When democrats say that their preferred society rests on a multiplicity of different groups and associations, universities emerge as among the most important institutions independent of government. This should be fairly obvious, because the very nature of the university is to evolve new ideas, to question old ones and where appropriate, replace them. At a more intense level — to a higher degree — the university should generate the very kind of open, questioning discussion that our democracy requires in the wider community. This intensity may result in sharper criticism that, even without malice, may wound and harm reputations. As long as criticism is not personal attack, penetrating criticism is the hallmark of what a university does. When I was a classics student, I was astonished at the number of times scholars, in criticizing others’ work, would say that this or that interpretation was ‘absurd’ (stupid?). Clearly scholarship requires developing thick skins. Thick skin is needed for the openness of a university that engages in the cooperative search for truth, an idea at least as old as Plato. His ‘dialectic’ meant that the propositions people put up should be tested with questioning, and replaced by better understandings until even better interpretations were supplied. This dialectic serves as a model for democracy itself, emulated in the conversation between government and opposition forces.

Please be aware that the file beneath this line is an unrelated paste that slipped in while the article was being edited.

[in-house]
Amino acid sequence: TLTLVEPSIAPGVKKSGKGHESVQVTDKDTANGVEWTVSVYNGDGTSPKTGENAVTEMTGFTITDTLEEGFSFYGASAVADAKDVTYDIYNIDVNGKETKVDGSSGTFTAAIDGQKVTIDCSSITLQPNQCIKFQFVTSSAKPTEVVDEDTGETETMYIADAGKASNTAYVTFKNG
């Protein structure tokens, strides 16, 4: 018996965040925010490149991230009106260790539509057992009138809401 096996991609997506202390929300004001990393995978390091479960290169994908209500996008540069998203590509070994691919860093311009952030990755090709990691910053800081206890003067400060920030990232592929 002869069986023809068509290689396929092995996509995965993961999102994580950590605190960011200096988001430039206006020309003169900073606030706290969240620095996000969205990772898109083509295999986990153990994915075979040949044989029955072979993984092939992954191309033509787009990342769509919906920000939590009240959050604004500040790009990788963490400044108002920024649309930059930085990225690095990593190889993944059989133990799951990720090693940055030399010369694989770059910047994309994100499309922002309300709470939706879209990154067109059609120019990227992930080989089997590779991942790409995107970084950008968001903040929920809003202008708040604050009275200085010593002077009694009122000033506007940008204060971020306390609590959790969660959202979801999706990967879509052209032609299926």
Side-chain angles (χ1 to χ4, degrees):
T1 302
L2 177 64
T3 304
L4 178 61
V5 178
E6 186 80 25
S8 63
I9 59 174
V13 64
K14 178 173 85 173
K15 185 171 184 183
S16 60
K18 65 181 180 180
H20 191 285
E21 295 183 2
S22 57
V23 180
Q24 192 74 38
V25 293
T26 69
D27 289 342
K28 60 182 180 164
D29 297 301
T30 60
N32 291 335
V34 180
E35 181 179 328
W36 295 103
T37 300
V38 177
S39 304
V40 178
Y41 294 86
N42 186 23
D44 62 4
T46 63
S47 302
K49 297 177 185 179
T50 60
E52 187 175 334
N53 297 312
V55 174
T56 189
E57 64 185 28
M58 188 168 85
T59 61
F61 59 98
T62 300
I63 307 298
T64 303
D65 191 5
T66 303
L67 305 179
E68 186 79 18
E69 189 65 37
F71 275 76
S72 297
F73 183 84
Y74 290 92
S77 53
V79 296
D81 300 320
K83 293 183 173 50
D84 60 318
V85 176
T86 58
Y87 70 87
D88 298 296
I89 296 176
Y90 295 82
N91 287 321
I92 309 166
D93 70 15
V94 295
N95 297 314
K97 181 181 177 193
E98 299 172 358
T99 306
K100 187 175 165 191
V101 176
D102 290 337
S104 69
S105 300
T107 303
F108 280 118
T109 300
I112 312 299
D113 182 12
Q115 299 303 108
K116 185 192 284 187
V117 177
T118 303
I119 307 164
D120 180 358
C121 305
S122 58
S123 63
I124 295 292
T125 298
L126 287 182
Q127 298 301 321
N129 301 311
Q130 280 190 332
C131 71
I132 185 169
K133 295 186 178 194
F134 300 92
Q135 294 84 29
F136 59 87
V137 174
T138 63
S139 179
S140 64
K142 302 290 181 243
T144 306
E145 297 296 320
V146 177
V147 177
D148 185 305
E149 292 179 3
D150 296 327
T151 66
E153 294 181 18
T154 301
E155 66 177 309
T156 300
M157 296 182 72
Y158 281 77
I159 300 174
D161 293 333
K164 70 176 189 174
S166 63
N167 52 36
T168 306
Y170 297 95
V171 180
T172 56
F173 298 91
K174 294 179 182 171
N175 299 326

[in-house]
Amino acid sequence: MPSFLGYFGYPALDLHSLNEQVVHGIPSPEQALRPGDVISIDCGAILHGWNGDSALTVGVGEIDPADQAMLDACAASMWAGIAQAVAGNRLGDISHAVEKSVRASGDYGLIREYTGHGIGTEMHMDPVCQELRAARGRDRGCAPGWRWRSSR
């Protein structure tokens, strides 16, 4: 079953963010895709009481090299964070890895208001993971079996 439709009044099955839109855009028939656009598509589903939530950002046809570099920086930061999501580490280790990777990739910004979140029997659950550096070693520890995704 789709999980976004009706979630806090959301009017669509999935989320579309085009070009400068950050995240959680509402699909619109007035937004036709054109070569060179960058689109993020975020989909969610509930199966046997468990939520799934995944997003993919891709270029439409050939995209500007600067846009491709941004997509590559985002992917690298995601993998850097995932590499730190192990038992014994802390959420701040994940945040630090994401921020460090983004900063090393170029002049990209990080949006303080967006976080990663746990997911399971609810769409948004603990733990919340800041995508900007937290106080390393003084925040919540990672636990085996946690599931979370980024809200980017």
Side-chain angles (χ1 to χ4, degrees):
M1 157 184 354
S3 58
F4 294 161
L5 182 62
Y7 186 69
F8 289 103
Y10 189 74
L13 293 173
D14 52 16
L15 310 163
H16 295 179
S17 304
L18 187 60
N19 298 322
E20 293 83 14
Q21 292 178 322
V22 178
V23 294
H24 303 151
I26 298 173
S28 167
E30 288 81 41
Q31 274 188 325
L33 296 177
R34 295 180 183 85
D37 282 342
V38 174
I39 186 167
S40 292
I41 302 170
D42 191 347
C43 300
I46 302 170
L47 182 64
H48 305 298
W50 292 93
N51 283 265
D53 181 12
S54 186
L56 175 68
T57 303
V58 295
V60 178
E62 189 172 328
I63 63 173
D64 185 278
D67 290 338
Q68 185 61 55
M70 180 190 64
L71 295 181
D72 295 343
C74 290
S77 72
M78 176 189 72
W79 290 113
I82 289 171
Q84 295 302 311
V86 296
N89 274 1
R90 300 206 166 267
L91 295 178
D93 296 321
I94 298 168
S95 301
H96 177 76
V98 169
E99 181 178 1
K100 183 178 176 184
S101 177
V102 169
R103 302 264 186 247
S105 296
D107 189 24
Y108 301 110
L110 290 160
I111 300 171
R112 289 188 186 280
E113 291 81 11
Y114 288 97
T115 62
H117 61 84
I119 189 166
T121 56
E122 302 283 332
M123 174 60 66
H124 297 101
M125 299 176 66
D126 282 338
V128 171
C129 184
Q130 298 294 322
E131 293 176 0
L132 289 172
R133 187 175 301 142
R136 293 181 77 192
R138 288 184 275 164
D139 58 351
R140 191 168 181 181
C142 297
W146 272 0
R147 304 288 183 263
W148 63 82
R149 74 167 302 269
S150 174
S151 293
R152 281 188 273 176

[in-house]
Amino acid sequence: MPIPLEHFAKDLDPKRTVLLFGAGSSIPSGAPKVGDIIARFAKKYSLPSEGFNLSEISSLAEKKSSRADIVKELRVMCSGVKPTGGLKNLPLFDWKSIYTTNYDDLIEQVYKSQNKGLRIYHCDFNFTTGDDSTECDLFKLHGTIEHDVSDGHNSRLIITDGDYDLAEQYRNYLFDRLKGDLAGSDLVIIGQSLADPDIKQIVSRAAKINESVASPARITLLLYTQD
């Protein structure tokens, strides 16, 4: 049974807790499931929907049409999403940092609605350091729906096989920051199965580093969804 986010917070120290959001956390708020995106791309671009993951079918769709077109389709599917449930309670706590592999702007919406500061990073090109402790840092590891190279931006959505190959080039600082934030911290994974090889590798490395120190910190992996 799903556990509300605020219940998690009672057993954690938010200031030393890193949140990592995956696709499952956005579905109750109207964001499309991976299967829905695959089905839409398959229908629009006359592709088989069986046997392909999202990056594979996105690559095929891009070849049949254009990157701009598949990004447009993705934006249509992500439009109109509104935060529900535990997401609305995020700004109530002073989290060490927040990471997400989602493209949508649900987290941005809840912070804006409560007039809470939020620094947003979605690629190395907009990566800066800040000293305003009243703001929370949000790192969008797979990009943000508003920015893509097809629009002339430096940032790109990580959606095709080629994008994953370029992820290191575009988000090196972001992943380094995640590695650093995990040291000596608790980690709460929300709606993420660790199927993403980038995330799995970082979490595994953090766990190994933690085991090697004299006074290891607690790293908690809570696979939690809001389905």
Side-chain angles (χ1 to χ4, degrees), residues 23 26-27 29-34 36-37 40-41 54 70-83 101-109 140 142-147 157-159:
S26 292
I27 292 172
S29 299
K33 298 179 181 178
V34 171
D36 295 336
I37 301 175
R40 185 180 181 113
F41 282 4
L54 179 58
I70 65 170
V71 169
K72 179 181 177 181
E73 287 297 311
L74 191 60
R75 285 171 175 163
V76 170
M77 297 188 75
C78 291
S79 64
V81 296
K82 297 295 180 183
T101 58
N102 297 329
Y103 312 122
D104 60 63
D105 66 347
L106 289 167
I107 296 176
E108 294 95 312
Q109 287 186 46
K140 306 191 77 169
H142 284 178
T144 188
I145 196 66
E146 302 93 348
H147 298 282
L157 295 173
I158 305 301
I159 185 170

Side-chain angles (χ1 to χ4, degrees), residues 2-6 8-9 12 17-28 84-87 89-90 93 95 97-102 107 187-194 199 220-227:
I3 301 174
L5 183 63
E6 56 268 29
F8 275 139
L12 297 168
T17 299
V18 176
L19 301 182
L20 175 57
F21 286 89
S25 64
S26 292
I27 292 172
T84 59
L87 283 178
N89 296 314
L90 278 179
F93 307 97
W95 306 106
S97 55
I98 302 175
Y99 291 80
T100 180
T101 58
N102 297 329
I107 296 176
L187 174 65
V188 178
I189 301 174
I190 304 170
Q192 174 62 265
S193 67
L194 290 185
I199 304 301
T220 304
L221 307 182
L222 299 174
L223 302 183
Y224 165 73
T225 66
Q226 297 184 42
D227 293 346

The Purpose of Universities

Plato founded the first ‘university’, the Academy, in ancient Athens. Its sole purpose beyond the obvious education of the young was the search for truth. This has been at the centre of university life ever since, at least till Australian universities hit their crisis in the Dawkins ‘reforms’. The purpose of the reform was on the face of it noble — to pave the way for people from all walks of life to enter university study. Yet the Hawke government, of which John Dawkins was a member, promoted a new type of academic elitism based on economic prosperity. Removing a former Labor government’s free tuition policy, they argued that graduates were likely to acquire positions with salaries higher than most other jobs, and so the user had to pay for the individual privilege, subsidized where necessary by repayable student loans. The older Australian universities were established at the time our colonies were seeking independence, and the undoubted aim was to provide a social benefit: to build up an educated population ready to found vigorous, self-governing states. The Hawke government caused a switch to private endeavour that undermined the idea of an educated society, even of ‘the clever country’ that Hawke crudely wanted to promote.